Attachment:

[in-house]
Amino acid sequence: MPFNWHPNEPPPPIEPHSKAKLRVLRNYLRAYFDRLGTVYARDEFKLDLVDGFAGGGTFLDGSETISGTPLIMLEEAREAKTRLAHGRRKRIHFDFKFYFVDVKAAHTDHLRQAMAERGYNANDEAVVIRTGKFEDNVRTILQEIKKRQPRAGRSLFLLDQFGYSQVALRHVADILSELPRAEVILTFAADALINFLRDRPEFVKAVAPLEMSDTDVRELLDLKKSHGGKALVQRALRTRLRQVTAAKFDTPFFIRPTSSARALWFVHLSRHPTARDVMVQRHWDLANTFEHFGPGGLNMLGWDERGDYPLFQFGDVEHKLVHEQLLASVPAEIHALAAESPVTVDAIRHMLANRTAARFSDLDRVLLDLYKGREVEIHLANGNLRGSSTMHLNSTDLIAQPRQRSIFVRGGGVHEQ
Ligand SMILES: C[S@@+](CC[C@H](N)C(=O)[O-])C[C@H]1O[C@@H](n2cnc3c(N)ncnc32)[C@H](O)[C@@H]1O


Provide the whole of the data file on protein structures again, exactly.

[in-house]
Amino acid sequence: MPFNWHPNEPPPPIEPHSKAKLRVLRNYLRAYFDRLGTVYARDEFKLDLVDGFAGGGTFLDGSETISGTPLIMLEEAREAKTRLAHGRRKRIHFDFKFYFVDVKAAHTDHLRQAMAERGYNANDEAVVIRTGKFEDNVRTILQEIKKRQPRAGRSLFLLDQFGYSQVALRHVADILSELPRAEVILTFAADALINFLRDRPEFVKAVAPLEMSDTDVRELLDLKKSHGGKALVQRALRTRLRQVTAAKFDTPFFIRPTSSARALWFVHLSRHPTARDVMVQRHWDLANTFEHFGPGGLNMLGWDERGDYPLFQFGDVEHKLVHEQLLASVPAEIHALAAESPVTVDAIRHMLANRTAARFSDLDRVLLDLYKGREVEIHLANGNLRGSSTMHLNSTDLIAQPRQRSIFVRGGGVHEQ
Ligand SMILES: C[S@@+](CC[C@H](N)C(=O)[O-])C[C@H]1O[C@@H](n2cnc3c(N)ncnc32)[C@H](O)[C@@H]1O